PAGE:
Outfitted & Equipped: Deep Sea Fishing Trip

by Jeremy Anderberg on August 8, 2013 · 16 Comments

in Outfitted & Equipped, Visual Guides

Deep Sea Fishing 1

This post was sponsored by Bacardi. Always Drink with Honor and Responsibility.How does Outfitted & Equipped work? The FAQ.


Whether off the coast of California, Florida, Cancun, or even Prince Edward Island, a deep sea fishing adventure is a great way to spend a day of your vacation. So what characterizes deep sea fishing versus other varieties of fishing? It obviously takes place in deeper water, with a depth of 100 feet generally being known as the “deep sea” cut off. Because of this, you’re able to fish for larger and more exotic species like tuna, marlin, and even shark. This isn’t your average fishing trip on a calm lake, so the gear will look just a little different to protect you from wind and sun and ensure you have a memorable trip.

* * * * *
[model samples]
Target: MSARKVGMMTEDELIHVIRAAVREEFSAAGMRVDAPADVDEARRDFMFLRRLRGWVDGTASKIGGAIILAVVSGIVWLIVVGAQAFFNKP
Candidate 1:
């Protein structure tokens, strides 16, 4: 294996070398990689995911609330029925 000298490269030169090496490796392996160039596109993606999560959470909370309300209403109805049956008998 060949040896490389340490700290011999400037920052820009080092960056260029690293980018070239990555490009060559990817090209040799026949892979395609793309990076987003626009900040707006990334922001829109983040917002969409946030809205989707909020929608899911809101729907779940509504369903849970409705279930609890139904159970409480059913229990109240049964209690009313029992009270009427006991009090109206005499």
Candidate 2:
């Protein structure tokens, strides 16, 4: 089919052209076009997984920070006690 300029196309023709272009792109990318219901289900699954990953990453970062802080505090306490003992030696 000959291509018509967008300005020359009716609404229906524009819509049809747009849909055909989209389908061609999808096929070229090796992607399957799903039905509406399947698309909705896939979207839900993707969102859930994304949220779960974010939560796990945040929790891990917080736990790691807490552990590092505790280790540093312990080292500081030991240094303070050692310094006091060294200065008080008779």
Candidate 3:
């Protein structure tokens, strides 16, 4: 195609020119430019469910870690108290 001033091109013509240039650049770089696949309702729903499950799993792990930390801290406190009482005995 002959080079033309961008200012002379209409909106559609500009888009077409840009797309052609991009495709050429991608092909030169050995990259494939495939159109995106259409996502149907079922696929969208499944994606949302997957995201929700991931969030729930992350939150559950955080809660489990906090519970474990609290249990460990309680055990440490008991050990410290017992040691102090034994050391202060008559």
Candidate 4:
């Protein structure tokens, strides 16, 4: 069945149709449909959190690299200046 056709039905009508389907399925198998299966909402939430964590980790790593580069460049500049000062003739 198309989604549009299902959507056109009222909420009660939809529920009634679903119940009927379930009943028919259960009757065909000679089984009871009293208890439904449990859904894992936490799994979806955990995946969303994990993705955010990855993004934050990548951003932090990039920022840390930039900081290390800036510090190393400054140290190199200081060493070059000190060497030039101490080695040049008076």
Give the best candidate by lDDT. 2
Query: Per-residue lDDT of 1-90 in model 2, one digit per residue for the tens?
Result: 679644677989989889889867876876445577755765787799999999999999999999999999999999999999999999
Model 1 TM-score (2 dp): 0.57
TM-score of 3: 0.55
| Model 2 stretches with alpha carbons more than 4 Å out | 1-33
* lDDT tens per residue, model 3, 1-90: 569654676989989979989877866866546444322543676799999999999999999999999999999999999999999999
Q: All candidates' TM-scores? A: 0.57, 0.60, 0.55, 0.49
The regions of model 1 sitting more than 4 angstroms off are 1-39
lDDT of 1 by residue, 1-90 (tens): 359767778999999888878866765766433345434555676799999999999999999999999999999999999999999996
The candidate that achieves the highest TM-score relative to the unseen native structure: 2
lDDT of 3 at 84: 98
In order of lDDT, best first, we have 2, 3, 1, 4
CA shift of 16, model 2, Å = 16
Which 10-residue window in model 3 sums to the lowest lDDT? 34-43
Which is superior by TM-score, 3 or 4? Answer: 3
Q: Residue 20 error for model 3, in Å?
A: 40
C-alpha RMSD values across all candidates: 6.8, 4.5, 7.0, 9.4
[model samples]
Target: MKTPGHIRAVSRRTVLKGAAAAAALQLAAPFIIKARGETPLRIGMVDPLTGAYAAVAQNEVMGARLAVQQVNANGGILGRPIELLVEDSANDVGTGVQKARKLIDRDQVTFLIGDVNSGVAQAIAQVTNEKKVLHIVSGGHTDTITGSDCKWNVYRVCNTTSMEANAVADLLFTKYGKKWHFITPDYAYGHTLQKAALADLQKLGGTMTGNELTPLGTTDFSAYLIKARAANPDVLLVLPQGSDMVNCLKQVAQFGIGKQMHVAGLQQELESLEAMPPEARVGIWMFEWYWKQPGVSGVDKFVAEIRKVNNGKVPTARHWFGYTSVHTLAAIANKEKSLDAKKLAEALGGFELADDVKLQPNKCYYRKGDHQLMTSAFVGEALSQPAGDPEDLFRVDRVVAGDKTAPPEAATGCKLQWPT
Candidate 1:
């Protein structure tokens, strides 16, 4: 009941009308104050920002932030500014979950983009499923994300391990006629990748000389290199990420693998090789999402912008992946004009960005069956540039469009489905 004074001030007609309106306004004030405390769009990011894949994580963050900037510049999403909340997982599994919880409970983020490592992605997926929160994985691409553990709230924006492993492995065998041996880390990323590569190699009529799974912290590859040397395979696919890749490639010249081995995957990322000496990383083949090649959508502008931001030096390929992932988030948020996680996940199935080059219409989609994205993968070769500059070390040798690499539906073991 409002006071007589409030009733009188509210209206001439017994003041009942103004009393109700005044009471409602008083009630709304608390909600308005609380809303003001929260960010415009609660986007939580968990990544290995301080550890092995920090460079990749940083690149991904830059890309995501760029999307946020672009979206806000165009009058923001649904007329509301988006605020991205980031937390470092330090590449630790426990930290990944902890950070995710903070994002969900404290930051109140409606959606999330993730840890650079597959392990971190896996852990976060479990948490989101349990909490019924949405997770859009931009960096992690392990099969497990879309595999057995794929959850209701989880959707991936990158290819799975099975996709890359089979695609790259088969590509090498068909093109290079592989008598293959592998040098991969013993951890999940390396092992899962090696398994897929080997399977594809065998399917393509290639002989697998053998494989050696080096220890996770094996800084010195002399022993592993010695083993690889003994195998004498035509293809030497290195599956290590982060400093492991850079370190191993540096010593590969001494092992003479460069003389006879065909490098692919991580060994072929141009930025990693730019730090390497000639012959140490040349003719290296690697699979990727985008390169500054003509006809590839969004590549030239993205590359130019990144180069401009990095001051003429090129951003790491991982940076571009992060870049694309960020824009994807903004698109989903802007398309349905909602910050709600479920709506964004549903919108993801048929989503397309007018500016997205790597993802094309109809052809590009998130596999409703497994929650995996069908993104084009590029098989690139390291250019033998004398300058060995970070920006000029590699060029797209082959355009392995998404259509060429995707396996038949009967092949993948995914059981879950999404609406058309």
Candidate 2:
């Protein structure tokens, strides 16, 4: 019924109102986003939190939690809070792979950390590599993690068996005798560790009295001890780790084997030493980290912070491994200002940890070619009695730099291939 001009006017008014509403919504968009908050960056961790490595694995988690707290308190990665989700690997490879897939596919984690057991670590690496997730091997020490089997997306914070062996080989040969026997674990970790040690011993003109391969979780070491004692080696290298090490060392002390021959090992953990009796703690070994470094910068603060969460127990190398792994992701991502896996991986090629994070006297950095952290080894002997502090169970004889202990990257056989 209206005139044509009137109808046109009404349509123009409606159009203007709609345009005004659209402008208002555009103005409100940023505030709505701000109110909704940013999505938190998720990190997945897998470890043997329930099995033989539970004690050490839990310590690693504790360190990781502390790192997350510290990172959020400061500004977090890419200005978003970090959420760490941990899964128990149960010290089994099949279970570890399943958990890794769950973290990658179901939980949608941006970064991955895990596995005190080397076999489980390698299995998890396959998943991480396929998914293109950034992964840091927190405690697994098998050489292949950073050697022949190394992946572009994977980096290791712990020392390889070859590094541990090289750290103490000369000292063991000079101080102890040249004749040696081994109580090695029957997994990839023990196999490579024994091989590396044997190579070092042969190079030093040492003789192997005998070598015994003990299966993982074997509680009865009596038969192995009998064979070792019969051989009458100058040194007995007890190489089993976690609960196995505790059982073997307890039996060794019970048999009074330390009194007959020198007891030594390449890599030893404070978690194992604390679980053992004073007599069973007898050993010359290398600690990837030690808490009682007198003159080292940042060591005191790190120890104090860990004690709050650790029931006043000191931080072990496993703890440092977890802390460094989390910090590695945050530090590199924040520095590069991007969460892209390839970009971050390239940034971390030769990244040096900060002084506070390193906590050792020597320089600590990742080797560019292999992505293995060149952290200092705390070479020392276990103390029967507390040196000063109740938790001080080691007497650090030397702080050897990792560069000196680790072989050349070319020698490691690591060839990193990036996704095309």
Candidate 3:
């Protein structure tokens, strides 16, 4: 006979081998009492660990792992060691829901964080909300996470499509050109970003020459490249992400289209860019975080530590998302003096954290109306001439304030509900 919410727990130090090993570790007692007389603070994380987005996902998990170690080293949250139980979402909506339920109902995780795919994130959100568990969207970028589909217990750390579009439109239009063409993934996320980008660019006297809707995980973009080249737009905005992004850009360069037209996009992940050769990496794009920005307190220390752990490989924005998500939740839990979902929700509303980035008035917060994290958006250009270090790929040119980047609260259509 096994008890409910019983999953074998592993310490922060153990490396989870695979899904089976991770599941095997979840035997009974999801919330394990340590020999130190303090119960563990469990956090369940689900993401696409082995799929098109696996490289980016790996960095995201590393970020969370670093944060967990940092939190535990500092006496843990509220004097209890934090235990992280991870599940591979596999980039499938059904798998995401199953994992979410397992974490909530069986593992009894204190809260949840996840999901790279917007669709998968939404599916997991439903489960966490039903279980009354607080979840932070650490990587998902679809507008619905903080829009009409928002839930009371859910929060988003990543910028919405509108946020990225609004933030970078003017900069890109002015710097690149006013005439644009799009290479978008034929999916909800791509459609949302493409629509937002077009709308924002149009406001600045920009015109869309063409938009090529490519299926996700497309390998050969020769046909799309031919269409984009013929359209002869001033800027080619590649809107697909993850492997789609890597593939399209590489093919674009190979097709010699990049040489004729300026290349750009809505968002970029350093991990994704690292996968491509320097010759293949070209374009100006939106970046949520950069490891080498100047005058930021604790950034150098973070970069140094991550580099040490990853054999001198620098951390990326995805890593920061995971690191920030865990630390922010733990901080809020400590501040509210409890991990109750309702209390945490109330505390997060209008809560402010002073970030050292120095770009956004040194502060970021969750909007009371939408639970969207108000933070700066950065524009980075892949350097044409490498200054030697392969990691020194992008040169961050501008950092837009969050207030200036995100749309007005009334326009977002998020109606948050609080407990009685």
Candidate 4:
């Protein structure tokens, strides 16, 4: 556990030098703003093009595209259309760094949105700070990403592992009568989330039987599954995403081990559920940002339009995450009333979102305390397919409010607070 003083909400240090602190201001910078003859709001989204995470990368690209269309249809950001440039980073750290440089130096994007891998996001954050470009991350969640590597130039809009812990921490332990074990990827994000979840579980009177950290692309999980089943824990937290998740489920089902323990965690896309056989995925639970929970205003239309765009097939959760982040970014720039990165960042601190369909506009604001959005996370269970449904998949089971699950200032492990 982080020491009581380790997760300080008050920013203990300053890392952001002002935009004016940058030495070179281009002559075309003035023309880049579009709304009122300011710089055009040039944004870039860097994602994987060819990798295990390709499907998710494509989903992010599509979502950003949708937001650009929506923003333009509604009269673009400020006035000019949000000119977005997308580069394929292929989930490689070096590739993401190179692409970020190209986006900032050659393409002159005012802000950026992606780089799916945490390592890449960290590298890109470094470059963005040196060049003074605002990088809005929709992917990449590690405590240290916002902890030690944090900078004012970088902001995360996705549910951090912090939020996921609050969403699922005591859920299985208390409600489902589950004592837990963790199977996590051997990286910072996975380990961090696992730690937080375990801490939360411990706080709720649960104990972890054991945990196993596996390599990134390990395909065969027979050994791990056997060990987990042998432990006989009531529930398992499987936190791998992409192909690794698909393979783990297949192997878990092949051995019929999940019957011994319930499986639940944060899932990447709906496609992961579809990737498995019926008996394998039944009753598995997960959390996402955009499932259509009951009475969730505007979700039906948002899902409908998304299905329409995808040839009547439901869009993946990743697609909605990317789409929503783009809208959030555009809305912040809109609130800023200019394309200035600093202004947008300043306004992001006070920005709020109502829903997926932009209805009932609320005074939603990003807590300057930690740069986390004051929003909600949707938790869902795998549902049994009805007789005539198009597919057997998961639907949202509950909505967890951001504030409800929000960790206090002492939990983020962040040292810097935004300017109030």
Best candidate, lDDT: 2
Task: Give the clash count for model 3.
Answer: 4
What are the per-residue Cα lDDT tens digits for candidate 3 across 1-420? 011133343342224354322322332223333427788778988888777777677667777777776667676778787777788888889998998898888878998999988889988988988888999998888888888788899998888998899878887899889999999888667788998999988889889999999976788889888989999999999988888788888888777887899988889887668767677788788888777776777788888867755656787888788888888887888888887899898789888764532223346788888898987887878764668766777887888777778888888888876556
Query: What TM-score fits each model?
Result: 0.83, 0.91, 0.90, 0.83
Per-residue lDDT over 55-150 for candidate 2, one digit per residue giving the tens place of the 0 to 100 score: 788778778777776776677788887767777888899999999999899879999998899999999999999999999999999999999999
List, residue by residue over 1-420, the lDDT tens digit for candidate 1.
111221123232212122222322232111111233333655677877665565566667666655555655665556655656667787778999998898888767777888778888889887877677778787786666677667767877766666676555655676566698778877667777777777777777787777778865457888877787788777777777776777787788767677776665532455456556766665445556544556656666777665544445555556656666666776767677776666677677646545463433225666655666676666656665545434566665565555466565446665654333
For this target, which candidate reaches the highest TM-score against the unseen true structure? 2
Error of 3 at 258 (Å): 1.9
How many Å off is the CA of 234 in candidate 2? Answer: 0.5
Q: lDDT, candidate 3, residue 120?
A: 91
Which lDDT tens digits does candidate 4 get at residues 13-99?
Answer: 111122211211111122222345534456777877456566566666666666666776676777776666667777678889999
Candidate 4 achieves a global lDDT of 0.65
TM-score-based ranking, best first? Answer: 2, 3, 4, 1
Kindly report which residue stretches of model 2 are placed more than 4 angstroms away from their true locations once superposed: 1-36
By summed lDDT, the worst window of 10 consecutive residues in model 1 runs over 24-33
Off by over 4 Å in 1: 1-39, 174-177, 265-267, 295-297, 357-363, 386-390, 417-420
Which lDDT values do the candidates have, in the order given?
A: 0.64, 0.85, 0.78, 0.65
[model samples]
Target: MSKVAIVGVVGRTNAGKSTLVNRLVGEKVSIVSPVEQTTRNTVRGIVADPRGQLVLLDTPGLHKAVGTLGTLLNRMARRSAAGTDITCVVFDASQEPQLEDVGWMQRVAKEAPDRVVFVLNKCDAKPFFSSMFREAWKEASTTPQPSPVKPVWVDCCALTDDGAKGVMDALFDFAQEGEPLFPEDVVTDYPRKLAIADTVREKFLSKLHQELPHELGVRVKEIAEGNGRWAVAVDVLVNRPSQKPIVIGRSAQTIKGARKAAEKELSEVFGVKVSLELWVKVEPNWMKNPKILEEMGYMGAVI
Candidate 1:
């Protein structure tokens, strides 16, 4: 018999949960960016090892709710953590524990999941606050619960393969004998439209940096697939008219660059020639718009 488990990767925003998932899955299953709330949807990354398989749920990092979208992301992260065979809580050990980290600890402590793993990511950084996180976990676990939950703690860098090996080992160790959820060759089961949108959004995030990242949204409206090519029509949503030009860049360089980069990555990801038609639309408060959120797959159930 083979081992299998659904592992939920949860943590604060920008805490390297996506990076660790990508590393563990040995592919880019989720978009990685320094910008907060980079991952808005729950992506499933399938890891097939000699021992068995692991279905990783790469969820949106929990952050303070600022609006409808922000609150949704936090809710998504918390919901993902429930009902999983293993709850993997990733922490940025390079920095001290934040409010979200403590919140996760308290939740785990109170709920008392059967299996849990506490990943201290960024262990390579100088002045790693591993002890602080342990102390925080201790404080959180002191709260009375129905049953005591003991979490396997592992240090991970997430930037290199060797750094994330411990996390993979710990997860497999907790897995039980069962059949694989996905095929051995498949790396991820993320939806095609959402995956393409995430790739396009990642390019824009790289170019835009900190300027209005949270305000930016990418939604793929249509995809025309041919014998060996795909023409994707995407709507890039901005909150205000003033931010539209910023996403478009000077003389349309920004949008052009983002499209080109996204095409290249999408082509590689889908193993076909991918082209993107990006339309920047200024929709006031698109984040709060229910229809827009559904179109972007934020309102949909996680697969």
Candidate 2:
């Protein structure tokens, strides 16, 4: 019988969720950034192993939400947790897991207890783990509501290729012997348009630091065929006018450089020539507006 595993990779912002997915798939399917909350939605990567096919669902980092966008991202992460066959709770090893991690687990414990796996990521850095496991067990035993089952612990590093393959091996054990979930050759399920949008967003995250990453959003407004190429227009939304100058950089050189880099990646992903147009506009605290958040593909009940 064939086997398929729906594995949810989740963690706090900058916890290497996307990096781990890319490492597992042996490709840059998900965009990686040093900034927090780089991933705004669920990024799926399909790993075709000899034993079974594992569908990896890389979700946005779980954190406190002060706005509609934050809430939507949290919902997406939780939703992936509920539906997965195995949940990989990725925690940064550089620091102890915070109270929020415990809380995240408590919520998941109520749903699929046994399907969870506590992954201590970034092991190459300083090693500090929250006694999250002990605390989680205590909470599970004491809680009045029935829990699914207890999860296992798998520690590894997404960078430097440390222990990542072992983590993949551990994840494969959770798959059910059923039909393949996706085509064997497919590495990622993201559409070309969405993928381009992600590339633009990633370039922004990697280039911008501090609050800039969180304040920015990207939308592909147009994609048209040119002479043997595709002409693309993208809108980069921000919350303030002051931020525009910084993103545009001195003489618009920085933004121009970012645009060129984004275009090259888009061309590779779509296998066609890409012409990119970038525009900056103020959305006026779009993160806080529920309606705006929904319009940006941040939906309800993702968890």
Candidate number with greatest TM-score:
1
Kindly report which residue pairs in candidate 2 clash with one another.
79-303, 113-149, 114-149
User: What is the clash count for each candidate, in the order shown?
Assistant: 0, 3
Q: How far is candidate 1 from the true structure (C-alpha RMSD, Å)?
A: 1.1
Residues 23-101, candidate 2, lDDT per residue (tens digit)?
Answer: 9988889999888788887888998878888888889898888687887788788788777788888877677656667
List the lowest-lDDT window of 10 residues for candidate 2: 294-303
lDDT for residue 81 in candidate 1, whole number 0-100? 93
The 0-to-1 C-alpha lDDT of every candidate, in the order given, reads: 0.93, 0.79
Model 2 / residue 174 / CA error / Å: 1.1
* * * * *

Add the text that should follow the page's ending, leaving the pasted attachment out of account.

1. The Shades. SW Polarized Sport. Ya never know what can happen out on the boat. You don’t want to be hit with a big wave only to lose your brand-new, expensive shades. Pick up a cheaper pair of wraparounds and you won’t ruin your trip if they end up overboard.

2. The Pullover. Venley Lightweight Hoodie. Layering is key when out on the ocean. This hoodie is perfect to go over your tee if the wind picks up. It’s also lightweight enough to make sure you’re comfortable the whole time and not going back and forth between sweating and freezing.

3. The Camera. Canon PowerShot. You don’t want to have to be fiddling with lenses and settings when you need to snap a quick picture of a marlin jumping out of the water. This camera is pocketable and can be whipped out in a flash so you can catch all the action fishing shots you want. This is the camera I have, and love it.

4. The Tee. Out-of-Print Moby-Dick. This is an awesome company that makes clothing and accessories that feature cover art from literary classics. What better homage to deep sea fishing than Moby-Dick? Harness your inner Ahab, and go get that white whale!